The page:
Why your business should be more about purpose than profits

Why your business should be more about purpose than profits

Oprah sure is making the most of 2019. She’s already released a new book, is producing her own TV series (with no other than Prince Harry), delivered key-note speeches at world summits and celebrated 5 million downloads of her podcast. And whatsmore, it’s only May.

Here I am with only one sock on, toast crumbs on my lap, trying my hardest to get the remaining dregs of coffee from the sides of my cup with my index finger. 2020, I swear to god, you’re going to be my year.

When you google “Oprah”, you need not type in “Winfrey”. This powerhouse is the world’s richest female African American, worth a staggering $4 billion. But I’m not impressed by how much she’s worth (although, she’s certainly got a few more digits than I do), I’m more impressed by how much she’s given away. As one of the greatest philanthropists of our times, she’s apparently given away more than $51,000,000 to charitable causes. What. A. Woman.

She most famously said, “The reason I’ve been able to be so financially successful is my focus has never, ever for one minute been money.” And I don’t doubt this for one second. Oprah has proved that no amount of money or no luxury item (not even her custom made body contoured marble bath) can trump the feeling of making a real difference in the world. What I love about Oprah is that she is a walking, talking example that purpose and profit are not mutually exclusive.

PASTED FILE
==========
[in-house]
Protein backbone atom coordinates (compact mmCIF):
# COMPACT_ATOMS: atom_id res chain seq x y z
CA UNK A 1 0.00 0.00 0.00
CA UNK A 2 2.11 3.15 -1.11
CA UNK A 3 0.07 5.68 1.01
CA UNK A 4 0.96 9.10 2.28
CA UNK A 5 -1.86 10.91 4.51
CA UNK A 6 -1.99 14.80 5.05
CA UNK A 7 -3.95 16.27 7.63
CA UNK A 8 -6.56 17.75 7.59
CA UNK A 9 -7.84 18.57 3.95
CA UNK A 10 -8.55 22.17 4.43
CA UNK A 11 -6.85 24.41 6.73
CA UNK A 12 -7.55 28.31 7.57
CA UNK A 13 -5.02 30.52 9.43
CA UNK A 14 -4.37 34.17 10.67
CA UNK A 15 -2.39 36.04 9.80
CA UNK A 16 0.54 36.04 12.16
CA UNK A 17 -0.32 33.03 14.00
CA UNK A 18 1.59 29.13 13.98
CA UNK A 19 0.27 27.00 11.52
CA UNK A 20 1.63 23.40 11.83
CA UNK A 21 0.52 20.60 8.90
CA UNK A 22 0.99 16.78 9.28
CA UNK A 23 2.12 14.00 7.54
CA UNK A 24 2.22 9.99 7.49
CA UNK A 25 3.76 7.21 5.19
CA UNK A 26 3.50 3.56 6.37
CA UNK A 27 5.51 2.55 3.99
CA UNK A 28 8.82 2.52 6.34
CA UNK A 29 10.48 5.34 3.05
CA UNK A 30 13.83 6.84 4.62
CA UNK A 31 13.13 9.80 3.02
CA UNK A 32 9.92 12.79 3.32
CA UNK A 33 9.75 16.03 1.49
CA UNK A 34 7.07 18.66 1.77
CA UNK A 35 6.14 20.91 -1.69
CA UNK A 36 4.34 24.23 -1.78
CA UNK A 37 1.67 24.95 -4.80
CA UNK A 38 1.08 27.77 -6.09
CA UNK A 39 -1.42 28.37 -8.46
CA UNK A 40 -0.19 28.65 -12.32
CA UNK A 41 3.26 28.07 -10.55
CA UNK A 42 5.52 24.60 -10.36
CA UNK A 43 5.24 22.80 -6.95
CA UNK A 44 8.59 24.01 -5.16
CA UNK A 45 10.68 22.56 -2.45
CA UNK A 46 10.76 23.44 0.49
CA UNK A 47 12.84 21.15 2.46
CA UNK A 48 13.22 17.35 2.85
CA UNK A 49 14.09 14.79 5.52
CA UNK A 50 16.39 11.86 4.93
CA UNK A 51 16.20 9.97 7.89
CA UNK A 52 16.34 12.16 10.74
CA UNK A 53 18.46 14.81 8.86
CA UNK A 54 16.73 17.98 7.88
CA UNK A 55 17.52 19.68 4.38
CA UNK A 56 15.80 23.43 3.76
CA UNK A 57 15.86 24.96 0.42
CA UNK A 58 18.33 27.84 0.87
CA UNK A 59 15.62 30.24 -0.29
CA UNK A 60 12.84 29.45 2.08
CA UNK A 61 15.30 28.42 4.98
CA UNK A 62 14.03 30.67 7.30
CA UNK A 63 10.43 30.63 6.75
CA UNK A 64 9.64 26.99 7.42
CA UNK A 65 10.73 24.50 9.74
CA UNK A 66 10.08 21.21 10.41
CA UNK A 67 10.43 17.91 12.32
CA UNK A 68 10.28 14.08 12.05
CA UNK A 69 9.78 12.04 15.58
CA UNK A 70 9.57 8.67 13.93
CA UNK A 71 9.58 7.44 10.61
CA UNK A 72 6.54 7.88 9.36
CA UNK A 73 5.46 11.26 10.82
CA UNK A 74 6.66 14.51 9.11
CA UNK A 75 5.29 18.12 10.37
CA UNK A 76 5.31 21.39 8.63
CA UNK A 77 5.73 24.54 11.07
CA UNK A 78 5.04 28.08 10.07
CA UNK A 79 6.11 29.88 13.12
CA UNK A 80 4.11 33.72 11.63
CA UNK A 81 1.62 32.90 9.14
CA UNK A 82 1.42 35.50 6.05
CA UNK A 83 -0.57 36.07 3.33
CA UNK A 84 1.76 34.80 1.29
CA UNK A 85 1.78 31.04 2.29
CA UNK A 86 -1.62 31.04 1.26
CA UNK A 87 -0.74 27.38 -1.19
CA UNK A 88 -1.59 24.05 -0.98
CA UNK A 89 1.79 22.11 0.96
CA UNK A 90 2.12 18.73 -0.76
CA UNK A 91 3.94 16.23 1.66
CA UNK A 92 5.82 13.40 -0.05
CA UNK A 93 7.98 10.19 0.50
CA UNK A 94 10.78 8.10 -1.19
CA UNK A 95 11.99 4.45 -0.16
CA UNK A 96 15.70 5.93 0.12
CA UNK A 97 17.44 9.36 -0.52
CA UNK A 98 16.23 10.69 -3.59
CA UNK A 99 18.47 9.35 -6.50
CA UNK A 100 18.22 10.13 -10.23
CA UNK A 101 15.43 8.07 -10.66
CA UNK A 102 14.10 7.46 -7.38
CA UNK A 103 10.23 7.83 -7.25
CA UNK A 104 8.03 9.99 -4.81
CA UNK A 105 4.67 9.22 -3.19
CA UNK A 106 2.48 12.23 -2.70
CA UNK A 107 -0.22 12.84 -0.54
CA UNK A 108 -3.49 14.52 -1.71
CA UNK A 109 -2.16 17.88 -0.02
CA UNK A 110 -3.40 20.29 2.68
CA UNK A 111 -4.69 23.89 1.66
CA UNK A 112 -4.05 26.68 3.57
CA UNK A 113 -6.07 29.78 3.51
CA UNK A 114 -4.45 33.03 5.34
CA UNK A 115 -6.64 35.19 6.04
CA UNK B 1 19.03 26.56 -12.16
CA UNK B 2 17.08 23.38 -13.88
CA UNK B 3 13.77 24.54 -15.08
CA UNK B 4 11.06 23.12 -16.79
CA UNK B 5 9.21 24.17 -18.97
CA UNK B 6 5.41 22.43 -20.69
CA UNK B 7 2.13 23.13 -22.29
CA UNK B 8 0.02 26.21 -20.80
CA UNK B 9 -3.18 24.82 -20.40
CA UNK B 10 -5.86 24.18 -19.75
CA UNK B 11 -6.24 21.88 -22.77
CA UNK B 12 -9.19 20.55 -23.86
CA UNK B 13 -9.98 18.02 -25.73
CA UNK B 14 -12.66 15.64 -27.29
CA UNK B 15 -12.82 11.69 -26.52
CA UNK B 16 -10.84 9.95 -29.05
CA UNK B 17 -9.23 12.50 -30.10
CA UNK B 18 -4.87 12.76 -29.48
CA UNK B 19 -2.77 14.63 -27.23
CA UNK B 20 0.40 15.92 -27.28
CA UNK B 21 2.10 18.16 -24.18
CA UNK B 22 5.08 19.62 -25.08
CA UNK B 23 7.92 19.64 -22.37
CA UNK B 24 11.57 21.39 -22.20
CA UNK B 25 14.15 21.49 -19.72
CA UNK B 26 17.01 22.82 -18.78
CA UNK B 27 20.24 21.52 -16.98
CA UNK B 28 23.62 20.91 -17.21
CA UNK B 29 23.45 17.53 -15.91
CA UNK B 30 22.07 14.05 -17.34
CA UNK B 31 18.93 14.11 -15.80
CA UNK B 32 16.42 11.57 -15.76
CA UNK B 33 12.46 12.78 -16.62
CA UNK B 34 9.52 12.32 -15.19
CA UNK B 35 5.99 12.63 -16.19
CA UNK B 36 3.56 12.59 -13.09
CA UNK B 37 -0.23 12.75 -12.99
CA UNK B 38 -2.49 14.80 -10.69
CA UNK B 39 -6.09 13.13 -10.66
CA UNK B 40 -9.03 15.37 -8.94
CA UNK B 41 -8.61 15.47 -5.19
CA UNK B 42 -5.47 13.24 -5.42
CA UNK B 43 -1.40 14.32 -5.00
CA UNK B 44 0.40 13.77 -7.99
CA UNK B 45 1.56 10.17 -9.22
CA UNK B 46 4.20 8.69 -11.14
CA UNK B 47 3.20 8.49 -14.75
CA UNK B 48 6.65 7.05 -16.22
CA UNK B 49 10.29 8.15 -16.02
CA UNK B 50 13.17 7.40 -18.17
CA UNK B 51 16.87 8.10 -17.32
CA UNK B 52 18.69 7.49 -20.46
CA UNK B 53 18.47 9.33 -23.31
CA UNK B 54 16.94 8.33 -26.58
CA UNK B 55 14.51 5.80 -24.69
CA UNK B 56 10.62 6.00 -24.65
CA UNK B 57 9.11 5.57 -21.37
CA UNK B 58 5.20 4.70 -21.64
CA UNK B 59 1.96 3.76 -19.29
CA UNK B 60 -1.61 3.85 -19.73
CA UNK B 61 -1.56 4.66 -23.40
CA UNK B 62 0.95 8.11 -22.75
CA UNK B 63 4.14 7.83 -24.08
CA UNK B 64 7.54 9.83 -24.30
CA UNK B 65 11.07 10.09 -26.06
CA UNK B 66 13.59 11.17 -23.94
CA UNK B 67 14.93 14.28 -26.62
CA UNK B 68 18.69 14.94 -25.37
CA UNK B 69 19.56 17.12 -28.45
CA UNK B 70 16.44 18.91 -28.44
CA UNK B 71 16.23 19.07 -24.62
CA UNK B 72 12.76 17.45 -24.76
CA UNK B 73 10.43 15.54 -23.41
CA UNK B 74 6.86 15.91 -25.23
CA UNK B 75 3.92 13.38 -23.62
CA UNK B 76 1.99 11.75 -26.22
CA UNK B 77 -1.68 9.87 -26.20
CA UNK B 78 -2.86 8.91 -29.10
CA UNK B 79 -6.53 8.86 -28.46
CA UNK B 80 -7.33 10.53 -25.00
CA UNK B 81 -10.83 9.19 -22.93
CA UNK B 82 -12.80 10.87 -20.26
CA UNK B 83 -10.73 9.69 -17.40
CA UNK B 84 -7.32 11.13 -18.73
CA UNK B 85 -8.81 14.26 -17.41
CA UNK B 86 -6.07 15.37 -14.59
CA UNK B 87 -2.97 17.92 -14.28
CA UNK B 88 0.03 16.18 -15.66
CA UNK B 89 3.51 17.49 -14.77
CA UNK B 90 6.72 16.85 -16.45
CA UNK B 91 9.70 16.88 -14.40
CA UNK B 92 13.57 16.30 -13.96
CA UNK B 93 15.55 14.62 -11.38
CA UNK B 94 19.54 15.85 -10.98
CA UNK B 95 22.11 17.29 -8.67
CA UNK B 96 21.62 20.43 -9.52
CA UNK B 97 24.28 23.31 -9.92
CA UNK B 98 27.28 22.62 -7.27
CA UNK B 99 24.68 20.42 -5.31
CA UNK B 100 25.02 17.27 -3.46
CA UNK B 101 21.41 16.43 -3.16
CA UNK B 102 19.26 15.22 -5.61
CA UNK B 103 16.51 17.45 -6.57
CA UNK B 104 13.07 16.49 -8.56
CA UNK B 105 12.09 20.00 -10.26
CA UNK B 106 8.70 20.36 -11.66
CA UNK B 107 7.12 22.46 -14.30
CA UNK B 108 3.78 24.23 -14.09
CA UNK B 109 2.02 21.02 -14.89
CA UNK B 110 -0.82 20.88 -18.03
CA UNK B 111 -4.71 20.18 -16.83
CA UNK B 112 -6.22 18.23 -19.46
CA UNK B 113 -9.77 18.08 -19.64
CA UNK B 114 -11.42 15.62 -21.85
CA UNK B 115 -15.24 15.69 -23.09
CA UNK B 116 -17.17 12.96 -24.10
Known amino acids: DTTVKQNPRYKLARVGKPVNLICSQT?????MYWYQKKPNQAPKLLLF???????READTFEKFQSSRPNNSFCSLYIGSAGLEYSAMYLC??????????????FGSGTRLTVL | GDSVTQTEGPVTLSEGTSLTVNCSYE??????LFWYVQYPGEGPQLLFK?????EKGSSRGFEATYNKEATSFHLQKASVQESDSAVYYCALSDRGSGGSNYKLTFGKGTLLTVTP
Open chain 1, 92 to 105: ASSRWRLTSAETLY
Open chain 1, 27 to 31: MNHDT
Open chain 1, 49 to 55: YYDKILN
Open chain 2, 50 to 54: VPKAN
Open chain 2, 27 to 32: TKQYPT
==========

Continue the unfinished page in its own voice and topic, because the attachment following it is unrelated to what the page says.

We’re living in an interesting time. A time where the big corporations are quickly clutching on straws to ‘find’ their purpose. It makes me wonder though, what’s the cause of this shift? Is it just one big ploy to generate more profits? Perhaps, an ethical guilt trip? Or is it because our society is finally starting to give a damn about the world in which we live? Whatever the motivation may be, no-one can deny it’s a step in the right direction. I believe that true entrepreneurs choose significance over security any day of the week. Starting and surviving in today’s economy is hard, but the brands that figure it out have something in common: the pursuit of purpose, alongside the pursuit of profit.

Simon Sinek talks about “finding your why” and it is a transformative idea, especially when your why, or purpose, aligns with a market or social need. Good ol’ Simon and I have a lot in common. We both speak really fast, have extremely expressive hand gestures, very cute (read: pathetic) attempts at making jokes and get super sweaty when public speaking. We also believe that finding your why (and purpose) is simply the only way to do business.

I believe that great companies aren’t great because they make lots of money. They make lots of money precisely because they’re great. The thing is, I believe purpose leads to profit anyway. Doing business with a sense of purpose, doesn’t just get you out of bed in the morning, it is good for your bottomline. In this day and age, if your business is lacking a reason for being, other than turning a profit, it will end up like most of our great-grandparents – either in the ground or on the mantelpiece.

Still not convinced? Here are my top reasons why your business should be more about purpose than profits:


  1. Getting out of bed on the hard days will be made all the more easier.